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Grammys 2019: Women in the spotlight, hip hop makes history and tributes galore

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Female artists dominated at the Grammy awards Sunday night, with the spotlight of “music’s biggest night” firmly focused on powerhouse performances by women.   

The Recording Academy — which has been trying to address criticism around the lack of diversity at its annual celebration of music — has made some strides when it comes to nominating more diverse musicians. That was on display Sunday, as the Grammys registered several historic wins for rap artists and saw female acts triumphing with two of the night’s top trophies (album of the year, best new artist), as well as in categories including rap album, country album, R&B album and pop vocal album.

Producers of this year’s Grammy telecast chose to, for the most part, turn the show over to female artists, highlighting the talent of host Alicia Keys and honouring musical icons like Dolly Parton, Diana Ross and Aretha Franklin.

Then there was the noticeable boost in top-nominated female acts (including Kacey Musgraves, Janelle Monae, Cardi B, H.E.R., Dua Lipa and Brandi Carlile) performing — and commanding attention with their time onstage.

“I just wanted to say how honoured I am to be nominated alongside so many incredible female artists this year, because I guess this year we really stepped up,” Dua Lipa quipped upon winning best new artist, a clear retort to outgoing academy head Neil Portnow’s infamous comments backstage at last year’s telecast.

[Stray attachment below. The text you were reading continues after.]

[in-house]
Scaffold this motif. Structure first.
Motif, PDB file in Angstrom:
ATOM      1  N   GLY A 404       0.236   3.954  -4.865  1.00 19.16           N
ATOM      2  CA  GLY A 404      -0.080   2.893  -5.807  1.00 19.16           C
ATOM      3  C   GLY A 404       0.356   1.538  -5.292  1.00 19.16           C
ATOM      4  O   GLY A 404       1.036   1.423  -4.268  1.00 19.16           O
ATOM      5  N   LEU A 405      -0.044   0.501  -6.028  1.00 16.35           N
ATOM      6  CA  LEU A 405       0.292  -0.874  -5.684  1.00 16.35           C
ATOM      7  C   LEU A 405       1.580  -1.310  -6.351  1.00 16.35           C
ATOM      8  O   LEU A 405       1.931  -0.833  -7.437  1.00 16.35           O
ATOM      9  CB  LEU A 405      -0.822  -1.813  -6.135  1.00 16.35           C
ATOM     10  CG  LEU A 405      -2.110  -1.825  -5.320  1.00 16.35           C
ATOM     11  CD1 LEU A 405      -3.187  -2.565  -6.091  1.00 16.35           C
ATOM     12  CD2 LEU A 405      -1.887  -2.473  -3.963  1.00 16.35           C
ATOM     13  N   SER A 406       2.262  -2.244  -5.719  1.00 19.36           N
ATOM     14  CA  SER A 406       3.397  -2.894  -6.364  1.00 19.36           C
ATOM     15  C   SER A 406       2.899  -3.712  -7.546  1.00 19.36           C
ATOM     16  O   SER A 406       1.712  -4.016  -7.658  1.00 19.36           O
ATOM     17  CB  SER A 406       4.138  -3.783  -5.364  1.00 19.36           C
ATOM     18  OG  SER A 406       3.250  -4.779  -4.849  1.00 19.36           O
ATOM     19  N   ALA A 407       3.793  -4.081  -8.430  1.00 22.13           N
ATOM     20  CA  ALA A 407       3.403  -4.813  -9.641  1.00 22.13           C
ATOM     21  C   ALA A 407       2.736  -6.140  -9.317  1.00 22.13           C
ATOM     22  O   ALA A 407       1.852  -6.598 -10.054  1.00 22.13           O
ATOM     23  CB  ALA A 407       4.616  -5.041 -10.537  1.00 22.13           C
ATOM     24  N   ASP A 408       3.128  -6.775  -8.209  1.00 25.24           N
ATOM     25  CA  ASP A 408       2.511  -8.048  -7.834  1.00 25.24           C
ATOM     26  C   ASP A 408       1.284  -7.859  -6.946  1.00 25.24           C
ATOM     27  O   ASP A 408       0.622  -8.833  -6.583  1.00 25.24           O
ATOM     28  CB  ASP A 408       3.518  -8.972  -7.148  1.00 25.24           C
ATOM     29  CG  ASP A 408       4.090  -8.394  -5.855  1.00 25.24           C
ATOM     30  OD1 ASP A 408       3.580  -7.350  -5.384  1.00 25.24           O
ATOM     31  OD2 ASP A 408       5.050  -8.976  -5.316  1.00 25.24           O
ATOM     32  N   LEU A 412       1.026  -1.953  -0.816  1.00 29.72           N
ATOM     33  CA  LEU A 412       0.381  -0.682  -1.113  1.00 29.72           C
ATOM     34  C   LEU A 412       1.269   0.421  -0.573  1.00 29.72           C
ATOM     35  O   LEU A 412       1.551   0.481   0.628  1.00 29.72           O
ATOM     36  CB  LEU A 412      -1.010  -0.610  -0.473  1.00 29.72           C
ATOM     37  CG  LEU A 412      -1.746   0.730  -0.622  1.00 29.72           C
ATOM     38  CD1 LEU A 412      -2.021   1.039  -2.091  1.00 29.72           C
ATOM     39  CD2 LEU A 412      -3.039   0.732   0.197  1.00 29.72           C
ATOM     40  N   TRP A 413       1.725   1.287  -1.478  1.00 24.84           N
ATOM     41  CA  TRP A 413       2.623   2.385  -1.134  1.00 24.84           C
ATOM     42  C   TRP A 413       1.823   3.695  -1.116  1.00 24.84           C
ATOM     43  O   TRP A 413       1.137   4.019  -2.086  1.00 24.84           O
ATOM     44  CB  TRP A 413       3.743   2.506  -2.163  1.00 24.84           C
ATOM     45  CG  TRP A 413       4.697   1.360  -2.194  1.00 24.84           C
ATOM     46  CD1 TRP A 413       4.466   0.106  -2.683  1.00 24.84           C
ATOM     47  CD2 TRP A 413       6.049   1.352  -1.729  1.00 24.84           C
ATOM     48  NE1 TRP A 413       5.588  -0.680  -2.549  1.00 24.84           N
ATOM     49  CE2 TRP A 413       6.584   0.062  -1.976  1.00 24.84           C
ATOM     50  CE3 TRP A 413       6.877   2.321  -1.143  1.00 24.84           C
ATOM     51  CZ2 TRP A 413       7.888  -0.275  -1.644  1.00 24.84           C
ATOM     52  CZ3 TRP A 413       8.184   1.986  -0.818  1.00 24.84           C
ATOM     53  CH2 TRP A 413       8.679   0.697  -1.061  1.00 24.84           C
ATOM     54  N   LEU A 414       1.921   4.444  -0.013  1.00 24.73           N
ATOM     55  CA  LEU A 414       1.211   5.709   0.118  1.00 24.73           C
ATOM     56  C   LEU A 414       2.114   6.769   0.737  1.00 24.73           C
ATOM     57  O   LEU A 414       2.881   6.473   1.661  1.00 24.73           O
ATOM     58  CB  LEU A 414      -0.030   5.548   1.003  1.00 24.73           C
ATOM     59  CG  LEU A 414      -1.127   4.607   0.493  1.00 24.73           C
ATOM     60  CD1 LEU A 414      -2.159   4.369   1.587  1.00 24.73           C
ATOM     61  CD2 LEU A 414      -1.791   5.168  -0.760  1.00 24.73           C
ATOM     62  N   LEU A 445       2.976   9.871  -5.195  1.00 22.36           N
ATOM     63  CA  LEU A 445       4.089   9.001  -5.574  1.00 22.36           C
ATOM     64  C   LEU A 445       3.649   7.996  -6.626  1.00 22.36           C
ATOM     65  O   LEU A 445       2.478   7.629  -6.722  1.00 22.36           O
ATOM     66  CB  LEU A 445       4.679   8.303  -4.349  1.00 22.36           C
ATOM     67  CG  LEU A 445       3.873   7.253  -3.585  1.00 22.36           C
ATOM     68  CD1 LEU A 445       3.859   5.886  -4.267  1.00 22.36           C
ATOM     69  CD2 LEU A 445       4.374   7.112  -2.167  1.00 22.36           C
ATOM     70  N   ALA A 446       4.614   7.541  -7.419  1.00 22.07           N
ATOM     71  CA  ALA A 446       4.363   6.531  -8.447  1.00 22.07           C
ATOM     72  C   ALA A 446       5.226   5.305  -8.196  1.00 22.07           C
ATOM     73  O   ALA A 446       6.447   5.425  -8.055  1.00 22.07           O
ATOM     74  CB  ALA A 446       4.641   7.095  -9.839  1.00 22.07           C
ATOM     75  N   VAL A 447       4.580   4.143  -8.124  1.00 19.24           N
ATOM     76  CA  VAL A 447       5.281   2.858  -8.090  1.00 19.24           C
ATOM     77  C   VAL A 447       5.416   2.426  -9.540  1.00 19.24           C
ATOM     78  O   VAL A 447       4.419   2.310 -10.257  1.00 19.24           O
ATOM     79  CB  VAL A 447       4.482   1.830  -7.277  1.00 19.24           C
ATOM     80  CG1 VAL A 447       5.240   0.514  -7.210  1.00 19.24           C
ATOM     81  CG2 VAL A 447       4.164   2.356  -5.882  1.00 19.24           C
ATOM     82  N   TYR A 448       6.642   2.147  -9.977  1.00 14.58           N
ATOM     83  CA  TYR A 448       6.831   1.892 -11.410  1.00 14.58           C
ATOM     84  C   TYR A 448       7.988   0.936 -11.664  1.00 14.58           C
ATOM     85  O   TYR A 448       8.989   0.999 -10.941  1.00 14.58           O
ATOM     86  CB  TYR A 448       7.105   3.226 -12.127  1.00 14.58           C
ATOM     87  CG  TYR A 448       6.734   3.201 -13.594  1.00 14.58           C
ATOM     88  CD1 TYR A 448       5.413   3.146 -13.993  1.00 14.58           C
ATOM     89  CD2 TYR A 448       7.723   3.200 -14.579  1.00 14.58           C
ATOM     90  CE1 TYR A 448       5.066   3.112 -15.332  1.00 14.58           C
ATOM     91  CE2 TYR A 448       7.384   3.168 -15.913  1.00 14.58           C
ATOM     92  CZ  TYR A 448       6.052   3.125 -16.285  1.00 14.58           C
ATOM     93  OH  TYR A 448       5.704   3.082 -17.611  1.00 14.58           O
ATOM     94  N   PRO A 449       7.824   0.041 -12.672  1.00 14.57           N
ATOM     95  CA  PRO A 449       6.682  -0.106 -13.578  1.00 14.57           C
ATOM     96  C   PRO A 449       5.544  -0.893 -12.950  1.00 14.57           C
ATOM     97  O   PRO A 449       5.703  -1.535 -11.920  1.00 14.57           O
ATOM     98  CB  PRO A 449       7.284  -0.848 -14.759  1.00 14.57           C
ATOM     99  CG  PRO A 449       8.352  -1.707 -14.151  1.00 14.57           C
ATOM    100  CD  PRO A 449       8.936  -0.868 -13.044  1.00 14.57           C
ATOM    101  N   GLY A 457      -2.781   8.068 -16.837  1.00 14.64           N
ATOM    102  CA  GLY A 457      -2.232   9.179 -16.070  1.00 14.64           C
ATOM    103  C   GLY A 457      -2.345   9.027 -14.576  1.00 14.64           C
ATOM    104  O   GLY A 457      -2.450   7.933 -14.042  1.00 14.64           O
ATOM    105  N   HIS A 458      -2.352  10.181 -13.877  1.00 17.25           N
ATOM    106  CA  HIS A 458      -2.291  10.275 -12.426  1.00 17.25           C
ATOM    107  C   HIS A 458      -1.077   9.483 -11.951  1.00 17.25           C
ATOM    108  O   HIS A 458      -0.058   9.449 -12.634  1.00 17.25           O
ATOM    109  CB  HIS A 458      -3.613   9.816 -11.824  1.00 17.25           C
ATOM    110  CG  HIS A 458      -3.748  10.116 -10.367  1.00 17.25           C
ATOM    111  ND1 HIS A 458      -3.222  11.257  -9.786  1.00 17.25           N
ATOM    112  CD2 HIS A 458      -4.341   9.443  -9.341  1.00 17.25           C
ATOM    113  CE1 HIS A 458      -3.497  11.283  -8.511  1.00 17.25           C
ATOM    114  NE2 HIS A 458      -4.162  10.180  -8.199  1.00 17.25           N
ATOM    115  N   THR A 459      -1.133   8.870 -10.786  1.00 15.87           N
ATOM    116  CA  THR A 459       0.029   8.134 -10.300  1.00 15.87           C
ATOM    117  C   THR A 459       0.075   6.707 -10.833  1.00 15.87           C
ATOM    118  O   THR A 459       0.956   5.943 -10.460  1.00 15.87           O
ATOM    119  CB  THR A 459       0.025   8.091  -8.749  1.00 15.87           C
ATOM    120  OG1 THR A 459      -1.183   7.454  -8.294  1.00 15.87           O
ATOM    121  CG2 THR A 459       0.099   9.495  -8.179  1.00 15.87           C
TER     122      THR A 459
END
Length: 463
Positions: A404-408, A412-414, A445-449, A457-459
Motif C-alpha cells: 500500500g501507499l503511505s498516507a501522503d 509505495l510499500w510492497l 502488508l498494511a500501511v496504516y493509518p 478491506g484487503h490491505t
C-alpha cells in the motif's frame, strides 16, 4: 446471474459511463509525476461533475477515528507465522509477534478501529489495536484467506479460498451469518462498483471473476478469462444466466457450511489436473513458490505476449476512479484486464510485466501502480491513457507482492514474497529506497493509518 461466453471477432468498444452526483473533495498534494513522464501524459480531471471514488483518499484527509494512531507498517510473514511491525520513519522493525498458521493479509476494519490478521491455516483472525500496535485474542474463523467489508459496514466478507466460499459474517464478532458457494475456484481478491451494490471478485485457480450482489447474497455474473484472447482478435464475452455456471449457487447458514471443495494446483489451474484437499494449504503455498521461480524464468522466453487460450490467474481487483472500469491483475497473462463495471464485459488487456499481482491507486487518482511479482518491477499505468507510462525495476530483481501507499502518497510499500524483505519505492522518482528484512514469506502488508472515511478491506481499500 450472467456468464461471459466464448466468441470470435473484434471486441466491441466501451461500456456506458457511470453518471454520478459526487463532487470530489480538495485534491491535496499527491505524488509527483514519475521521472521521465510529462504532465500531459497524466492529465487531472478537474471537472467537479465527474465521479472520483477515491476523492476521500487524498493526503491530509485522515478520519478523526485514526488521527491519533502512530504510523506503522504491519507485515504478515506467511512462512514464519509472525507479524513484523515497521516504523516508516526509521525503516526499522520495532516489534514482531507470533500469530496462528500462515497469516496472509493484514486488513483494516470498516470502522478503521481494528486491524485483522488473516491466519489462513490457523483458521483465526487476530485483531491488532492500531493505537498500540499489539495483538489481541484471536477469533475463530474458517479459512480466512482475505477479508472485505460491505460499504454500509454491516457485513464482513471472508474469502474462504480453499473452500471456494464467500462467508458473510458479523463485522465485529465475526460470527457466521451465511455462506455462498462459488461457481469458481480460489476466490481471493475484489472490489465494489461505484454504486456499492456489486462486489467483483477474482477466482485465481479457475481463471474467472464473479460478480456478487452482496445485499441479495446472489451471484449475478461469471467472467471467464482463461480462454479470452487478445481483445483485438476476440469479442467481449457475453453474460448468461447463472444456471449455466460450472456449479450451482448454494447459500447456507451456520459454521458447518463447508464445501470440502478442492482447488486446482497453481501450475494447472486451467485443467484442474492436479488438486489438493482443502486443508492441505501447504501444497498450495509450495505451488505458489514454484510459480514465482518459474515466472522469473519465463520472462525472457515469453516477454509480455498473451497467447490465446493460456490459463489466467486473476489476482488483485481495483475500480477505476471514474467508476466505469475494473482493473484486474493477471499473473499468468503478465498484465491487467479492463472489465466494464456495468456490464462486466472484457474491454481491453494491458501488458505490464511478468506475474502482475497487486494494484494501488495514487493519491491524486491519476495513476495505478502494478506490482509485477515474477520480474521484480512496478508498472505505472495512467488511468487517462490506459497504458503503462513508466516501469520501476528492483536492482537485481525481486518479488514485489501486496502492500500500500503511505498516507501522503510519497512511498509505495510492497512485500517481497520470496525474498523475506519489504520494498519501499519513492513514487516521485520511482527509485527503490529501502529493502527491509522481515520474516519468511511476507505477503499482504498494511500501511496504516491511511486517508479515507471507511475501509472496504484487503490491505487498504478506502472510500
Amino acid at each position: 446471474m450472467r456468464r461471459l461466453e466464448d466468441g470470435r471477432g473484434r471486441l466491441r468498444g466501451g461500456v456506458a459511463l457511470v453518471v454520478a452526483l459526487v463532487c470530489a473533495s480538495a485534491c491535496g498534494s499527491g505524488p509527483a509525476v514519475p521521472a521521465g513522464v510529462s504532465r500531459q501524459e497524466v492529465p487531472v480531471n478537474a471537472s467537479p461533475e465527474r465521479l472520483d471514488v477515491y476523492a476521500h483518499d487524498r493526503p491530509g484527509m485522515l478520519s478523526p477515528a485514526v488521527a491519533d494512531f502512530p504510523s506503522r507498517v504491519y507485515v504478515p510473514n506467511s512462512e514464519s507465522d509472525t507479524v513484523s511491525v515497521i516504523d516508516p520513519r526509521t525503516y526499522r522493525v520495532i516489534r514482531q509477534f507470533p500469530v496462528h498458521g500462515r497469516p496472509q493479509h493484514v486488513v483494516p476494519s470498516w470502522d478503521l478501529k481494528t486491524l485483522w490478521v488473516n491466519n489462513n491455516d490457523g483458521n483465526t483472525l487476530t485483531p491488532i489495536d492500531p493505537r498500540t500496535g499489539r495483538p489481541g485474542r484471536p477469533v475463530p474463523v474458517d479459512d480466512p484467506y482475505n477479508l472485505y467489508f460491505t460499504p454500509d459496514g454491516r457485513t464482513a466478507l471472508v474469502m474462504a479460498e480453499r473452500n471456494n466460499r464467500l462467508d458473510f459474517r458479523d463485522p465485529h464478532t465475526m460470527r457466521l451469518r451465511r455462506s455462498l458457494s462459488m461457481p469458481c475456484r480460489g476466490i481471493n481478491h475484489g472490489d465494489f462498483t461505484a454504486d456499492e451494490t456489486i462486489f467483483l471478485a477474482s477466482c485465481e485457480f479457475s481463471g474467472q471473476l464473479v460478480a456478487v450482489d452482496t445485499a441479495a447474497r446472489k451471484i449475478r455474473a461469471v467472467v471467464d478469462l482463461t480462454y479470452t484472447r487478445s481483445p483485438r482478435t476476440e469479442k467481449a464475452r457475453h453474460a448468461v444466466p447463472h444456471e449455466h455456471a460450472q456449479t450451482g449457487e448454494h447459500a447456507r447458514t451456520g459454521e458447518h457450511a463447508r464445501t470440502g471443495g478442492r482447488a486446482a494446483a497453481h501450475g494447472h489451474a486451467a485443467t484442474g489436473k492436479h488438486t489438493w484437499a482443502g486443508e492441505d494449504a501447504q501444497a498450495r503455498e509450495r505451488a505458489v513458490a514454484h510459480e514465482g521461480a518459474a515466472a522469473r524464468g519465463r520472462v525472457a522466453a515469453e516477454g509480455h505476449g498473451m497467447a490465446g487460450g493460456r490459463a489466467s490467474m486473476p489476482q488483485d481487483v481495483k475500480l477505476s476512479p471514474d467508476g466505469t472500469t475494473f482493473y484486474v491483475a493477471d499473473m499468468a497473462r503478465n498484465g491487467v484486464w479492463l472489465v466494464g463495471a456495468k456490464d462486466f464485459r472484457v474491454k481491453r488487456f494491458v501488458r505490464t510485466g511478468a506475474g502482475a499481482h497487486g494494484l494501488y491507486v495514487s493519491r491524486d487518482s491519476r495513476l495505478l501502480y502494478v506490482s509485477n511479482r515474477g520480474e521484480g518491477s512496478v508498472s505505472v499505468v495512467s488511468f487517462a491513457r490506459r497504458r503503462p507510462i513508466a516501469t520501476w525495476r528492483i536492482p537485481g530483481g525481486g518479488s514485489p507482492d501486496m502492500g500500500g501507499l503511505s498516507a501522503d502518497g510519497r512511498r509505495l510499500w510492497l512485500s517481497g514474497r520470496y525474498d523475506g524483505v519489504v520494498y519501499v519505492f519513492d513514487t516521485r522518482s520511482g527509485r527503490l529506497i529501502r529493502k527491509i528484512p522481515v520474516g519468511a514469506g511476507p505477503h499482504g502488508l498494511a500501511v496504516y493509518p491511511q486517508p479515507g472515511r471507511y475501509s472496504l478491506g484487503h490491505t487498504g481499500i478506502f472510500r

That said, the show wasn’t without mishap. Here’s a round-up of some memorable moments from the night.


Musical matchmaking

Grammy telecast producer Ken Ehrlich is simply addicted to star-studded matchups and duets. Sometimes it truly works, as with Camila Cabello’s high-energy opening performance of Havana, featuring J. Balvin, Ricky Martin, Young Thug and Arturo Sandoval.

The star-studded Parton tribute had even BTS bopping. Late in the show, St. Vincent and Dua Lipa offered a seductive performance of Masseduction.

But slamming together musical notables of different genres and generations or simply signing big names to perform yet another tribute doesn’t always pay off (more on J. Lo later).

Obama in the house

To help kick things off, Keys shared her time onstage with some major names, inviting “sisters” Lady Gaga, Jada Pinkett Smith, Jennifer Lopez and — seemingly garnering one of the night’s biggest and longest ovations — Michelle Obama.

“Music has always helped me tell my story,” Obama said. “Whether we like country or rap or rock, music helps us share ourselves. It allows us to hear one another.”

Drake’s real talk

In one of the night’s surprise appearances, Grammy-and-Juno-snubbing hip hop star Drake was actually in the house to accept the Grammy when God’s Plan won the trophy for best rap song.

“If there’s people who have regular jobs who are coming out in the rain and snow, spending their hard-earned money to come to your shows, you don’t need this right here, I promise you, you already won,” Drake told fellow artists from the stage after his win.

But just when we thought perhaps his beef with award shows had ended, producers bluntly cut off his real-talk speech, sending the show to commercial at what they subsequently called a “natural pause” (with Drake apparently declining the offer to come back and finish his thought).

Well Grammys, that’s likely the last time you’ll see Champagne Papi at your show.

Historic hip hop wins

Cardi B, seen performing Money during the ceremony, is the first solo female winner of the best rap album Grammy. (Matt Sayles/Invision/Associated Press)

And speaking of no-shows, Childish Gambino (aka Donald Glover) made history with his blistering track This is America winning both song of the year and record of the year.